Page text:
Recently, the WSJ added an Android app for the WSJ which is KF compatible, and available in the Amazon app store. I have used it, but I’m used to the web page layouts and navigation, so I don’t anticipate using it much — on my brief experiments, it seems limited in comparison with the web page access. The KF web browser is quite functional — so I’m not sure why reading a periodical in an app might be better than reading it on the KF via the web browser? I could read Scientific American on the web browser, but so far I am downloading (side-loading) the PDF of the whole issue into the documents folder of my KF (where it appears as a personal document). This matches reading the print version pretty closely. I do the same with CACM. I use EZ-Pdf reader to read these — experience is good. I’ll have to research the Economist a bit more, but I’m not a fan of monthly charges for subscriptions.

    That leaves Analog, the only “true” Amazon kindle subscription. I can (and have) read Analog on any of my kindles (KDX, KF, KT). The formatting/presentation is different for Analog on RSK vs KF — I prefer the KF layout — it does a better job with illustrations.

    Many of my periodical and blog subscriptions (including yours, Bufo) can be viewed in summary form using an app such as Pulse (which is the one I use). This presents a nicely formatted index of indexes into the contents of my various subscriptions — it generally provides links to their web page content — works quite well on the KF — I wouldn’t recommend doing anything that I described above that is browser-based from an RSK.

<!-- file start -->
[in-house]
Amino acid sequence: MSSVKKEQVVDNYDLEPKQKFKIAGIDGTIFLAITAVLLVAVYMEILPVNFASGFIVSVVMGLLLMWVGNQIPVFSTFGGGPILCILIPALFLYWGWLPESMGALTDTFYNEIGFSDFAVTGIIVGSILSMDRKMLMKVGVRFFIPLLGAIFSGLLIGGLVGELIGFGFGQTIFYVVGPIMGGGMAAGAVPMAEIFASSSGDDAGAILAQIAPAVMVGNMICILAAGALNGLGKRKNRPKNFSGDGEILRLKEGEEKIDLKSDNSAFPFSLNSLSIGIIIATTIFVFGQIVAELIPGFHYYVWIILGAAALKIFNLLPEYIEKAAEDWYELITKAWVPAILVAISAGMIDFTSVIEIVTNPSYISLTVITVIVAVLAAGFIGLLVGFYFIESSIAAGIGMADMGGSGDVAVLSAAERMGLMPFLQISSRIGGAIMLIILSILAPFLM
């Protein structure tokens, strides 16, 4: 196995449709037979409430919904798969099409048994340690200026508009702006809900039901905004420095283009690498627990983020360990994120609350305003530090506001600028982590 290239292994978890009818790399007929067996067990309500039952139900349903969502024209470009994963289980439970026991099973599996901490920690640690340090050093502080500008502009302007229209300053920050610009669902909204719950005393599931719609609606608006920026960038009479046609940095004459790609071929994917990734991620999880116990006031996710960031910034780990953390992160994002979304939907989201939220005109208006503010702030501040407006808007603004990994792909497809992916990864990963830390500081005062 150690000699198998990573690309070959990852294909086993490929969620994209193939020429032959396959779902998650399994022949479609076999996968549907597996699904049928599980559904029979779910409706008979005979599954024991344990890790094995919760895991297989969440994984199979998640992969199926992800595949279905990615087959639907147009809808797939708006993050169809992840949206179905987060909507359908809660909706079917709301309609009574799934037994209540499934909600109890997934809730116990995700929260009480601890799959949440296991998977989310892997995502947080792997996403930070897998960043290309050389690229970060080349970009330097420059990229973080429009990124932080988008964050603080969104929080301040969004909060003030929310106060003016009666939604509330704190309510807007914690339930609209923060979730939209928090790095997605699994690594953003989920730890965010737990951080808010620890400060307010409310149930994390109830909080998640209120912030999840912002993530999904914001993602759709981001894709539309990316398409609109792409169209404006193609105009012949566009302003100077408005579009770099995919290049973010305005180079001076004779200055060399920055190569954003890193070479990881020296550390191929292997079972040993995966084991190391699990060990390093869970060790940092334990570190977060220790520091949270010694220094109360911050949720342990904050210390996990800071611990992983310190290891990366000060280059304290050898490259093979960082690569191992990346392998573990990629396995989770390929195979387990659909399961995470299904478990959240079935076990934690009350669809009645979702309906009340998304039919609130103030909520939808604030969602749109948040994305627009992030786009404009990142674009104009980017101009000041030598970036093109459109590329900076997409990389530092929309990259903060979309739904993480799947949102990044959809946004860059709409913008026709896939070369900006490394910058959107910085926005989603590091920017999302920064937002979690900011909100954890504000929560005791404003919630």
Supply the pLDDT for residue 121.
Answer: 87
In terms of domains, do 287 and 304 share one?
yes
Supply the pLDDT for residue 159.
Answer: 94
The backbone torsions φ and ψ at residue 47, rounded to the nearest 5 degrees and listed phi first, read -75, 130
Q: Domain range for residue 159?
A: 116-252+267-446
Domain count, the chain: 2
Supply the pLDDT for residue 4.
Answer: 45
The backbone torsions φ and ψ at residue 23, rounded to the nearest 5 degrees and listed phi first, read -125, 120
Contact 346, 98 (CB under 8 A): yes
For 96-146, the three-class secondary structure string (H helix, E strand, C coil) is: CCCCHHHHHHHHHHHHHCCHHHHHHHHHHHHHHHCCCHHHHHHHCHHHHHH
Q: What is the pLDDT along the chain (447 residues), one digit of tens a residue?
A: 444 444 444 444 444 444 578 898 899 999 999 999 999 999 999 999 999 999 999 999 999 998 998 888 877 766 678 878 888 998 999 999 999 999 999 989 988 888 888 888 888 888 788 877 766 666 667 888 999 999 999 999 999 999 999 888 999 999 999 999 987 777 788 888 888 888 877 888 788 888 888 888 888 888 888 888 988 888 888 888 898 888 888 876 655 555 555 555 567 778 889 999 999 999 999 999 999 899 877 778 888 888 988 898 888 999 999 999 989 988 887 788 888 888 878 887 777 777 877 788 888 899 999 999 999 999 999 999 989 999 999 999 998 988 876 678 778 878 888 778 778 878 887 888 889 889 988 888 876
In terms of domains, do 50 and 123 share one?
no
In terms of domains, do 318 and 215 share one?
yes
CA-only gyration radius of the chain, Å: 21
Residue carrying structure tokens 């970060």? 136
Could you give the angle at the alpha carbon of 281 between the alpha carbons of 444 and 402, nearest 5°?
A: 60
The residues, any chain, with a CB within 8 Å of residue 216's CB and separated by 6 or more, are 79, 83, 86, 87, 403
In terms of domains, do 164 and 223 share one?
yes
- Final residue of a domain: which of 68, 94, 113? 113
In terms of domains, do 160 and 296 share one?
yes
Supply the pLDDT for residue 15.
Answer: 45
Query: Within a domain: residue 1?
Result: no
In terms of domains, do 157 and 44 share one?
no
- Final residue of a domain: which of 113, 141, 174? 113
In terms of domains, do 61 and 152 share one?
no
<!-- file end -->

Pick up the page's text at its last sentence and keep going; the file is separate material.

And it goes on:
I’m guessing that app periodical readers are geared more towards smartphones than tablets. Personally, I rarely read anything other than email headlines on my phone.

    • Edward Boyhan Says:

      Oh, and Pulse gives you indexes to periodicals and blogs for which you may not have subscriptions. When you follow the link to the article,you may or may not get access — depending on individual publications policies (for example the NYT gives you access to 10 articles/month). You can categorize the Pulse display (within some limits) to match your needs.

  9. Edward Boyhan Says:

    I forgot to add I don’t have subscriptions to the Washington Post, NYT, LA Times, the International Herald Tribune, or the Financial Times of London, but I do get daily emails from them outlining all their content. Chrome has the ability to take the links to articles in these emails, and feed them into Google search. If you then click on the Google result you will (currently) be taken to the article bypassing the pay-wall.

  10. vrwl Says:

    Rolling Stone magazine along with Texas Monthly are my picks, but I’m having a difficult time adjusting to reading them on the Fire. Too small for the full page, but I’m not happy with the article view either. :(

  11. Round up #91: Best books, headphone deal, Flipboard « I Love My Kindle Says:

    [...] magazine. There are some great magazines available on tablets (the old media ones do sell there: Kindle Magazine bestsellers). However, is the “once a month” or even “once a week” model the best way [...]